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Don’t “dis” Big Bird…

Don’t “dis” Big Bird…
In the recent Presidential debate former Governor Mitt Romney said he would discontinue funds to the Public Broadcasting Systems. He said he liked Big Bird but didn’t feel the government should give subsides to PBS which is one of the funding sources for Sesame Street…Big Bird’s home.

Millions of children each year get much of the early childhood learning from the Sesame Street TV show. Because of its worldwide reach, with the show shown in over 120 countries, many with adapted regional versions, Sesame Street is considered the world’s largest early childhood educator. We know that many preschoolers’ learn their numbers, colors and shapes from Sesame Street, and are better prepared for kindergarten. This is a hugely successful program, supported in part by our tax dollars. Very big dividends for our kids to have this resource.
Since it is seen all over the world, Big Bird, may be the United States most successful ambassador.

Mission Statement of the US Department of State:
“Create a more secure, democratic, and prosperous world for the benefit of the American people and the international community.
American diplomacy in the 21st century is based on fundamental beliefs: our freedom is best protected by ensuring that others are free; our prosperity depends on the prosperity of others; and our security relies on a global effort to secure the rights of all. The history of the American people is the chronicle of our efforts to live up to our ideals. In this moment in history, we recognize that the United States has an immense responsibility to use its power constructively to advance security, democracy, and prosperity around the globe. We will pursue these interests and remain faithful to our beliefs.”

One of the best models of America’s Ideals is Big Bird…education is the foundation of democracy. Our ideals of equality, cooperation, fairness and holding your neighbors hand when they need help crossing the street…these are things that Big Bird practices everyday…all around the world. Most of the worlds children get to know the United States from Sesame Street and Big Bird.
Of all the subsides the United States government supports the good Big Bird creates for our children and “good work” in helping others all around the world is an unparalleled benefit to our country and the mission of who we are as Americans.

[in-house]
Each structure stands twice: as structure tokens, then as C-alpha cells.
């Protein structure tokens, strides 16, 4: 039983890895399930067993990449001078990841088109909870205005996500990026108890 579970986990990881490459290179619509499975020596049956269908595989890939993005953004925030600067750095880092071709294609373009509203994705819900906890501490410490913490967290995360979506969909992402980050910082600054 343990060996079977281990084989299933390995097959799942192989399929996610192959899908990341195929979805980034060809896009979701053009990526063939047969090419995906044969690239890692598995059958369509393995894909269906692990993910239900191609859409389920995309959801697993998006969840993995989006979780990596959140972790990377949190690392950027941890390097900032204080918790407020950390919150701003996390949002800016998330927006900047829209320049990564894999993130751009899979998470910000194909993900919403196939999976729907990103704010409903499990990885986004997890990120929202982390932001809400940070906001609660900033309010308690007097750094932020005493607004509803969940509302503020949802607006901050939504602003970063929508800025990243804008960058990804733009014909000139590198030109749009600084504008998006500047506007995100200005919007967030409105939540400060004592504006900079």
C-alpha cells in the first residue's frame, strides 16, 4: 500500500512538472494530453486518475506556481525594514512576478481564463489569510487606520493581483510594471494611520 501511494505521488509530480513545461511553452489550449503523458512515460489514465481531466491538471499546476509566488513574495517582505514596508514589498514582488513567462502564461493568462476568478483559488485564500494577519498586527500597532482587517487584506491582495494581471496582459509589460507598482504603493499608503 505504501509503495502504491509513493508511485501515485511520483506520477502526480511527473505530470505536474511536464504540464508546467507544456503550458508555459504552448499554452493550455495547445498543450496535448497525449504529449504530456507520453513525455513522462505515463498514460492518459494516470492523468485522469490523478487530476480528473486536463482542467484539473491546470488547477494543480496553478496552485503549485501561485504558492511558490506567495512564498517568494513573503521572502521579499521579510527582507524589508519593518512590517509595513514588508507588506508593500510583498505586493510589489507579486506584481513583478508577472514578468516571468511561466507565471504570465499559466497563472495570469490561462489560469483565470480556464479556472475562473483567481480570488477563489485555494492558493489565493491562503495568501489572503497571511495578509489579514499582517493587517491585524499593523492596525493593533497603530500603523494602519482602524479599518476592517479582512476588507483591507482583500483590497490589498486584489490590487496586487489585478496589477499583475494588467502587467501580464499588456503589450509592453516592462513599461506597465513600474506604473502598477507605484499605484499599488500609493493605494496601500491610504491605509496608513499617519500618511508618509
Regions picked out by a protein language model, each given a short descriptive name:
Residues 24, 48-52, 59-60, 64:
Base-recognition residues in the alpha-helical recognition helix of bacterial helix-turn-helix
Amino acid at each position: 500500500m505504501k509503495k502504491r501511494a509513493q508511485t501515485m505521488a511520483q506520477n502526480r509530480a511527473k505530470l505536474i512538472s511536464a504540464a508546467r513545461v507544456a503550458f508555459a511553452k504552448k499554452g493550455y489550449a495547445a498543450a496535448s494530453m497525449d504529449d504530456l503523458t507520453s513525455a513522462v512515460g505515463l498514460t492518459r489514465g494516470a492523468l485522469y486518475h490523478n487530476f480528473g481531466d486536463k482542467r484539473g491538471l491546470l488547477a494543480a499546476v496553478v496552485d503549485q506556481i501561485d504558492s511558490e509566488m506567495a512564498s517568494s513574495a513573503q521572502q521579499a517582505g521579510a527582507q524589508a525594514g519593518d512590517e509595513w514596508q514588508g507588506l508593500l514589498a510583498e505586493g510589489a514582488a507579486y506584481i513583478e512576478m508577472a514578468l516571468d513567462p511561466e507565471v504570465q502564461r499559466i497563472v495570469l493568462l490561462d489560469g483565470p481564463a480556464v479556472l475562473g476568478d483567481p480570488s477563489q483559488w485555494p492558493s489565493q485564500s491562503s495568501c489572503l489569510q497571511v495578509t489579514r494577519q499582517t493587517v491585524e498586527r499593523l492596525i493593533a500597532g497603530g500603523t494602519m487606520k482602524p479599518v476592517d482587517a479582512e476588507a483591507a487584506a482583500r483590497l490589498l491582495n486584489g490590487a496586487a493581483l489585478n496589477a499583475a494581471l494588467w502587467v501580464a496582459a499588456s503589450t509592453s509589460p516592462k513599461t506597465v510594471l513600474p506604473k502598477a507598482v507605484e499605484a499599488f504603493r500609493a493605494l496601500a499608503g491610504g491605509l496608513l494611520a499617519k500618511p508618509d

I think both Governor Romney and President Obama are good men. There are many personal stories of the people they have helped and the lives they have touched. The complexity and sophistication it takes to do the job as President of the United States is immense. Understand the role that Big Bird has, in both our domestic education policy and our international good will is no laughing matter. Millions of children all over the world come to know America by watching Big Bird on Sesame Street.

Why Become a Dad?

I am often contacted by men who are thinking about becoming fathers. With a degree of ambivalence and fear they ask me if I can help them sort out whether becoming a father is for them. More than any other decision we make in our lives the choice to have a child will forever shape the future of things to come.

I remember struggling about if I should become a father 33 years ago. I made a list of “pros” and “cons” of becoming a dad. I was very thoughtful and rational about what having a child may mean. I ultimately came to the conclusion that no matter how rational I was…this was decision that I would make from an intuitive and private place. It would challenge me and I had to ask myself what was my deepest desire in living this life. How could I have a meaningful life, what might I contribute to the world? How would this change the relationship with my wife, my friends our families. All complicated relationships.